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On July 26, the Brevard Music Center offered another titled chamber music evening that was, like the Schubertiad, also held in the Porter Center's Scott Concert Hall. This program was all Mozart and was beautifully played. There was an interesting mix of instruments and works. In order of performance we heard the Trio in E-flat, K.498, for clarinet, viola and piano; the Quintet in E-flat, K.452, for oboe, clarinet, horn, bassoon and piano; and the String Quintet No. 5 in D, K.593, with two violin, two violas, and cello. When this concert began I couldn't quite put my finger on the exact quality that stood out, but I knew it had to do with the key or choice of instrumentation.
The players, all BMC faculty members, were Steven Cohen, clarinet, Eric Ohlsson, oboe, Jean Martin-Williams, horn, David Salnesss and Byron Tauchi, violins, Eric Koontz and Scott Rawls, violas, and Andre Gaskins, cello. There were two pianists: Donna Lee played for the Trio and Craig Nies, for the K.452 Quintet. The portable acoustic shells used for the Díaz chamber music program were not present for this program.
Of course the nod to Mozart goes back to the year long, worldwide 250th birthday celebration. A friend of mine fell into a last minute deal to go to Vienna with a group and hear The Birthday Concert. In addition to a breathtaking orchestral concert the likes of which he had never heard live during his lifetime, he reported that the frenzy about all things Mozart was so great that some bars and eateries were advertising "We are a Mozart-free zone." The saturation is not limited to Europe, though. We're only a little past the halfway point of the year and already some grumbling has started. BMC opened the season with an all Mozart concert, and some students at this Mozartiana chamber music program could be heard to opine "Okay, we get it. He was good. He's dead. Next!"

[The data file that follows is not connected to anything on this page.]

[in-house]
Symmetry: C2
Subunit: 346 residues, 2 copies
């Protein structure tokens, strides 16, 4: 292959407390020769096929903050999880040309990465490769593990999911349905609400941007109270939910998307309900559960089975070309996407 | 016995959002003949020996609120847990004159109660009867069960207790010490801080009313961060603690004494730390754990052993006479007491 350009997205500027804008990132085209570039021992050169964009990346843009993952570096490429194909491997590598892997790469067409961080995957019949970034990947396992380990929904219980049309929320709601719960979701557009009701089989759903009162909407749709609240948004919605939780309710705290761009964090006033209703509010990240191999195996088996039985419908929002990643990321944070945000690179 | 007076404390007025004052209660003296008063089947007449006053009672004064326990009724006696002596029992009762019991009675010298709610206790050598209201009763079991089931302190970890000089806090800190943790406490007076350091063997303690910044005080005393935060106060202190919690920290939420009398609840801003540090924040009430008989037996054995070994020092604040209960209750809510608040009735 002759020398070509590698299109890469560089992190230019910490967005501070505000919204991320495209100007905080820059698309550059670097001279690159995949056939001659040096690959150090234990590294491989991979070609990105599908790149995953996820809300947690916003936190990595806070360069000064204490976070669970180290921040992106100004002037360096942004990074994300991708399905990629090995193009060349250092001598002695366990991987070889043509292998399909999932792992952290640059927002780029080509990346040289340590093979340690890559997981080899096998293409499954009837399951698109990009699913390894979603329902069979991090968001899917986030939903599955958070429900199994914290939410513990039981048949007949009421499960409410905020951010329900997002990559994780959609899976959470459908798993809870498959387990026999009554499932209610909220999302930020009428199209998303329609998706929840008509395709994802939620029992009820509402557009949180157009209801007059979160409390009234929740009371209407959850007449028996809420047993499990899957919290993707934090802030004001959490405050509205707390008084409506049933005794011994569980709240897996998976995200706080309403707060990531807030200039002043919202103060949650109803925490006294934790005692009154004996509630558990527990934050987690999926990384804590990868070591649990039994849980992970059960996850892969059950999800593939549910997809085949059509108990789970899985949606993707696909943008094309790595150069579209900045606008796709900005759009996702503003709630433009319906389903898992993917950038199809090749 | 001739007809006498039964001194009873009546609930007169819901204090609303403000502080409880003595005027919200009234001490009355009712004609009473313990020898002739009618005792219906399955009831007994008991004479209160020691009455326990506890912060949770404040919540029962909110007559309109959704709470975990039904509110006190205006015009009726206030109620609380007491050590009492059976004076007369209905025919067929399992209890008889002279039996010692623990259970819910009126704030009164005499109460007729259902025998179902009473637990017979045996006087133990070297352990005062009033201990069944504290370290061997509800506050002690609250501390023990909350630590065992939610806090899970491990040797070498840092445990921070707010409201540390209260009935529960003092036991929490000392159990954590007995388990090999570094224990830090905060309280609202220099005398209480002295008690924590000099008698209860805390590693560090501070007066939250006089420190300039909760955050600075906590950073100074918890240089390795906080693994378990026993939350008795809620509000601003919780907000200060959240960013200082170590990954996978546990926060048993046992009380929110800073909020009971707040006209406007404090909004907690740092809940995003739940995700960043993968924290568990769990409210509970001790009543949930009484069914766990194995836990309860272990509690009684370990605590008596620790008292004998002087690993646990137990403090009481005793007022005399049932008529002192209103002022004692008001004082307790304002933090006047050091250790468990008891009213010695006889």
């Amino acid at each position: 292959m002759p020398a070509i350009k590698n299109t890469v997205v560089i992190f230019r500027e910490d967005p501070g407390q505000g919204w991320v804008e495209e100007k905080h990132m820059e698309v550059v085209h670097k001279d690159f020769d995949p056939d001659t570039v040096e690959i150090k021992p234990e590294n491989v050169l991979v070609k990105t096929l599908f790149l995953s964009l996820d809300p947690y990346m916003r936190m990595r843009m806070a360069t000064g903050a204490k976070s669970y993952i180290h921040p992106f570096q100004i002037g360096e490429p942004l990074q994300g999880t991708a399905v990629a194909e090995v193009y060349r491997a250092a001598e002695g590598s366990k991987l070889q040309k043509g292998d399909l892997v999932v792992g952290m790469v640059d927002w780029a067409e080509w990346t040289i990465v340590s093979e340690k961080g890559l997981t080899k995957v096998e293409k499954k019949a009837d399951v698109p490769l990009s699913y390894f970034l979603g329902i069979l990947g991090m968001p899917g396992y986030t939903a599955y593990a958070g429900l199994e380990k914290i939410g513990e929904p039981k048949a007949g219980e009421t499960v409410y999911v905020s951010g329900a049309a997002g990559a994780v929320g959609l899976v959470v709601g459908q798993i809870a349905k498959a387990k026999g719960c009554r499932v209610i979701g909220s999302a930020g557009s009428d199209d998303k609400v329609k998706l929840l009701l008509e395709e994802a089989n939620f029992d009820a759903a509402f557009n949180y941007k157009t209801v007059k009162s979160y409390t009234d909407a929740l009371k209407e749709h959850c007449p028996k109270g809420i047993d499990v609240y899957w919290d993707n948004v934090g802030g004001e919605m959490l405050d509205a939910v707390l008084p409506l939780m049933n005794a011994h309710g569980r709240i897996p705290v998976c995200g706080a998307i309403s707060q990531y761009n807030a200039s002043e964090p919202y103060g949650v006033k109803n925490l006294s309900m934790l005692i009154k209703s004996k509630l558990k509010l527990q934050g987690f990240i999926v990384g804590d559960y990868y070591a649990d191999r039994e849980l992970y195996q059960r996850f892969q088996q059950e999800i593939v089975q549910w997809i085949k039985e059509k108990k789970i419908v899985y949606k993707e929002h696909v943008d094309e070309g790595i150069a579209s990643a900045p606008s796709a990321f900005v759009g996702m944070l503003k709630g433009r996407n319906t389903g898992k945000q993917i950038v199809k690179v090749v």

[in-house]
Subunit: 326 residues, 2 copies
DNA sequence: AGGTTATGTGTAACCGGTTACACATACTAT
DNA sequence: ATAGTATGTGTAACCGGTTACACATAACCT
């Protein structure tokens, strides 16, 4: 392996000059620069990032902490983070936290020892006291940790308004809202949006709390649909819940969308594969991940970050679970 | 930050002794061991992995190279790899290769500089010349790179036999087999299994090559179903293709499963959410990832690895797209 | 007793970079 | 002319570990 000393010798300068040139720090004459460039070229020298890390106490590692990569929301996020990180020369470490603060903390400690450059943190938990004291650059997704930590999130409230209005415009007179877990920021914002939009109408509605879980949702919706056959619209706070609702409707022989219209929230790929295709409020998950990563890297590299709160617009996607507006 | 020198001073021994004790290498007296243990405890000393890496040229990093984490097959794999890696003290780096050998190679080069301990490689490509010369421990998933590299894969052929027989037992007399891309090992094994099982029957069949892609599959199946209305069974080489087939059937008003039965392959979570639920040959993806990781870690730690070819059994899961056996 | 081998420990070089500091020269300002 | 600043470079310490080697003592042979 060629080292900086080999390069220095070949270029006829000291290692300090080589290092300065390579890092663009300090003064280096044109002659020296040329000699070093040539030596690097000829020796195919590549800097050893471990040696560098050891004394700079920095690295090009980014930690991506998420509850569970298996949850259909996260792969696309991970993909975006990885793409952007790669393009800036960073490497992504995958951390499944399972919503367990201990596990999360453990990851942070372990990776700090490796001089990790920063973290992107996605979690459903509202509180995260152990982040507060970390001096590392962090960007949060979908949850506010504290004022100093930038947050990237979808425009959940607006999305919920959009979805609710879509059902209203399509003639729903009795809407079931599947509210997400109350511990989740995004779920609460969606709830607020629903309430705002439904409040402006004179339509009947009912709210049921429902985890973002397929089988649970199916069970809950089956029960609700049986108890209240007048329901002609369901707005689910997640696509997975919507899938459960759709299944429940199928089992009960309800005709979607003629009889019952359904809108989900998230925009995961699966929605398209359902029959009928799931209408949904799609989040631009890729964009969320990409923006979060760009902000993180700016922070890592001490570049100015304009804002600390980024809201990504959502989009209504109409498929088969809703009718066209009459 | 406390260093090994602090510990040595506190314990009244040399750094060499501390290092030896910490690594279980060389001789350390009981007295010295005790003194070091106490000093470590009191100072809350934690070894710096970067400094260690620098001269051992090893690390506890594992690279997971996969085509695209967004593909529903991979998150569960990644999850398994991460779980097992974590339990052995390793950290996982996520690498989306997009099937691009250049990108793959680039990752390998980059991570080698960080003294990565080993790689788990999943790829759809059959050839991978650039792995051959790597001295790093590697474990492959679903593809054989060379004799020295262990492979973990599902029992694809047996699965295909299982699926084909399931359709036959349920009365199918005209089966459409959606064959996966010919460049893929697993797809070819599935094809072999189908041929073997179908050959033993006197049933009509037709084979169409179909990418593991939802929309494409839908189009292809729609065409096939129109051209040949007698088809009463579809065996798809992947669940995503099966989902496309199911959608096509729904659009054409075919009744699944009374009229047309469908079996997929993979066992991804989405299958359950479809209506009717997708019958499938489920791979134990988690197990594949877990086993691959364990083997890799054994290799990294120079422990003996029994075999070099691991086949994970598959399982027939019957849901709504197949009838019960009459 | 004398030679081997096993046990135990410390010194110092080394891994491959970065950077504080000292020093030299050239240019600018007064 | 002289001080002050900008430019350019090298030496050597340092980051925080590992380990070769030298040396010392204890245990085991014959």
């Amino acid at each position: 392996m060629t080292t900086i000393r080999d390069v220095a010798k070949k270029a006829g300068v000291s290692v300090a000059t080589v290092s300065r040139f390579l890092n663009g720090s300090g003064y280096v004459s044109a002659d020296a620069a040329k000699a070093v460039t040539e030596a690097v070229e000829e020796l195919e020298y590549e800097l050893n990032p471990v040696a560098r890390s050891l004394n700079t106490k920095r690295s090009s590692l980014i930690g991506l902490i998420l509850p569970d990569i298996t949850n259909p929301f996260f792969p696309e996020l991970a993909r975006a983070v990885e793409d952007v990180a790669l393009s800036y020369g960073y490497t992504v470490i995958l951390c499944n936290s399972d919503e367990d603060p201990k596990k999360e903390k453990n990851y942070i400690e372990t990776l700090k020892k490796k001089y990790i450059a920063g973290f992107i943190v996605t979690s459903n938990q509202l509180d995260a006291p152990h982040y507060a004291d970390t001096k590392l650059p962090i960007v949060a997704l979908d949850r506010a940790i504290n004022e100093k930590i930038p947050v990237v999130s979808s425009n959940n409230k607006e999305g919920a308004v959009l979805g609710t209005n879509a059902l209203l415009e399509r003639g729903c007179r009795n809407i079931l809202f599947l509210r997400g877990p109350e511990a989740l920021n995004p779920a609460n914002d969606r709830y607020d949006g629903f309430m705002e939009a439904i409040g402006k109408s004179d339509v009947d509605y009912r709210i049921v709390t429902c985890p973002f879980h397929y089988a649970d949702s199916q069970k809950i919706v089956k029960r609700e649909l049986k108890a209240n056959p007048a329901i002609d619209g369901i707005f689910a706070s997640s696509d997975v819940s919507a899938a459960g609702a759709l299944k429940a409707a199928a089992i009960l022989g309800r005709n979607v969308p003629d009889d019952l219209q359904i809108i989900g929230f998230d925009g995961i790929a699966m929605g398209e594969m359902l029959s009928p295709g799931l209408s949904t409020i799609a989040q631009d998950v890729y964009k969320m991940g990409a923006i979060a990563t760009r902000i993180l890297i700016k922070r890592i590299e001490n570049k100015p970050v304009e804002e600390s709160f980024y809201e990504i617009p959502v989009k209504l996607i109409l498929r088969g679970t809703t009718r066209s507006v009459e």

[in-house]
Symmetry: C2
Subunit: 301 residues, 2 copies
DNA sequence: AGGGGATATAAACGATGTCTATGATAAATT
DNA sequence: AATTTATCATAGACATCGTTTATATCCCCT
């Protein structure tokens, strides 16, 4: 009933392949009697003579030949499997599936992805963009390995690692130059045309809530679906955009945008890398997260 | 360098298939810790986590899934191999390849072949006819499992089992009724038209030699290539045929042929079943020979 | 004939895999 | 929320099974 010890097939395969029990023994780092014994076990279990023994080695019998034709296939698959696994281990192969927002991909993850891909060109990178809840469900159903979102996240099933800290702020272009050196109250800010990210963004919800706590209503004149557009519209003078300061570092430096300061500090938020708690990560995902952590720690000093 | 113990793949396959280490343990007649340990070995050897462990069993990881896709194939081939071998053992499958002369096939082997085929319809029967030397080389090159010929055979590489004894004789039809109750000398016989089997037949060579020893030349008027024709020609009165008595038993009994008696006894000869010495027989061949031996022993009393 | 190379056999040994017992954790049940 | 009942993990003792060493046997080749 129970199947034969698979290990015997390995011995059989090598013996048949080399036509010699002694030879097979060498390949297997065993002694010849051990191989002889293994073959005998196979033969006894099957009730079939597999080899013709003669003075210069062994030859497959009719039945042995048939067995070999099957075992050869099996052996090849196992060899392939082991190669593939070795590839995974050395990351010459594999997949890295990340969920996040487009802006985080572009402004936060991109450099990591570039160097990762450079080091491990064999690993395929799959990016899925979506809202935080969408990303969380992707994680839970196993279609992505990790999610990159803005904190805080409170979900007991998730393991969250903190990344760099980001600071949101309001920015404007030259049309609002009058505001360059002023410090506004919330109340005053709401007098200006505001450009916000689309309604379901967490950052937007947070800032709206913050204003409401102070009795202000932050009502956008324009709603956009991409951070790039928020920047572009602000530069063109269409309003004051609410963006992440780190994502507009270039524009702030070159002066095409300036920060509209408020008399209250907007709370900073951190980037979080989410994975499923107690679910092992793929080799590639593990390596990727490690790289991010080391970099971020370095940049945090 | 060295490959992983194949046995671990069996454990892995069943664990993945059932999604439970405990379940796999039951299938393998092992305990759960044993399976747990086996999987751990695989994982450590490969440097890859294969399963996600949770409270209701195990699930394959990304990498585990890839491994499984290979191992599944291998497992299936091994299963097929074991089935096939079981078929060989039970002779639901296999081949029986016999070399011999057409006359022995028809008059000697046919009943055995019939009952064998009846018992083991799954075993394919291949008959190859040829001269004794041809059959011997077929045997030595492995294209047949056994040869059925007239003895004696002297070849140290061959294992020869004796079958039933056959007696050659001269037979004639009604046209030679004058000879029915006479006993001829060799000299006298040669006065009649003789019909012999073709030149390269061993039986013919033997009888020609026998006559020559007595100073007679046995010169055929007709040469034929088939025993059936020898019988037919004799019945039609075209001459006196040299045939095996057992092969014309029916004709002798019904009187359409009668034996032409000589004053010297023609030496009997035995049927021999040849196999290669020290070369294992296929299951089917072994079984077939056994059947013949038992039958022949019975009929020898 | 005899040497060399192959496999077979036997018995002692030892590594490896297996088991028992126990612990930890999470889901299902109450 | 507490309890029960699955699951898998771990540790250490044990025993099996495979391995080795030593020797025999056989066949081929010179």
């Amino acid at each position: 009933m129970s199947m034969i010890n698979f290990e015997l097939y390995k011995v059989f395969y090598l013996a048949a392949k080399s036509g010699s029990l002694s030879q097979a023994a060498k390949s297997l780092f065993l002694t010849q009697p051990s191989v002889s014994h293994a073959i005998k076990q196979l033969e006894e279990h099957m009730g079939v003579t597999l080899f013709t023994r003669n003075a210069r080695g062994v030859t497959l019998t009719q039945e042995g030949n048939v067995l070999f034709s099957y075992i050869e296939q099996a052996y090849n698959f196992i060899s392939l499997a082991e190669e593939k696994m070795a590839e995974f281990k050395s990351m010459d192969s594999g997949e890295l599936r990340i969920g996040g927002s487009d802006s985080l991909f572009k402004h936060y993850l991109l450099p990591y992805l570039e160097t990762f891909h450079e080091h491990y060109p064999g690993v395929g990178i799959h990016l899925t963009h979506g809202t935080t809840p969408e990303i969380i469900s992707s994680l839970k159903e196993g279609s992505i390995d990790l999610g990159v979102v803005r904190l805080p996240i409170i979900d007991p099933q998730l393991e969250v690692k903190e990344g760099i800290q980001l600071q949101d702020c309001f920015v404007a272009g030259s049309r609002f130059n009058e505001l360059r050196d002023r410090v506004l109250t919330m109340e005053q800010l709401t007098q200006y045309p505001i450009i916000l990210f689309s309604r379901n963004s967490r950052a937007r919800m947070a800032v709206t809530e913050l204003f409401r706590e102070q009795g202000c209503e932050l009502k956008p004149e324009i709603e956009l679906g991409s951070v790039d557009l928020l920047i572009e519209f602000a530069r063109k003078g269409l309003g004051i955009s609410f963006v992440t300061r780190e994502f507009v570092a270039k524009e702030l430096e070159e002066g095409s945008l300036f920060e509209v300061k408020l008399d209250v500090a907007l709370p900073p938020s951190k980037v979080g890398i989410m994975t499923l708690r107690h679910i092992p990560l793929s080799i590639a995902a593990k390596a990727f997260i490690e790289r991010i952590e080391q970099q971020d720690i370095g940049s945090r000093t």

Of course there is another side of the argument that says you can never have too much live Mozart, and I fall into that group.
These musicians, who clearly love to play chamber music and who chose wisely from the available repertoire, produced exquisite performances in this great hall. But the nagging questions concerning the sound ultimately caused me to violate my "no notes" rule, and I finally broke down read the program notes before the concert ended. Right away I noticed the writing was concise, with clear insight into the works. Then one line jumped out that answered my lingering question: "...rich alto colors." Take a look at the key and instrumentation of the first two pieces. It is this particular alto richness of the works that stood out and made for a refreshing sound experience. Perhaps the concluding D major string work didn't have quite the same effect, but the sheer variety of colors in the first half was remarkable.
There was richness in the program notes also. I'm getting familiar with the various writers, and at first I thought the Center had farmed the task out to one of the professional stringers in NY. But the notes for this concert seemed to be a little more in depth. Finally I looked for the writer's name, and lo and behold it was S. Kay Hoke, Chair of the Division of Fine Arts at Brevard College (and also my boss). So obviously this summary of the three works is the best I've ever seen in my life (wink wink).One salient point: the K.498 Trio is subtitled "Kegelstatt," which means bowling alley — where, presumably, Mozart did most of his composing of this piece. Also, legend has it that he wrote the piece while playing a game of skittles. Anyone who can write at such a high level with these kinds of distractions at hand must be some kind of genius.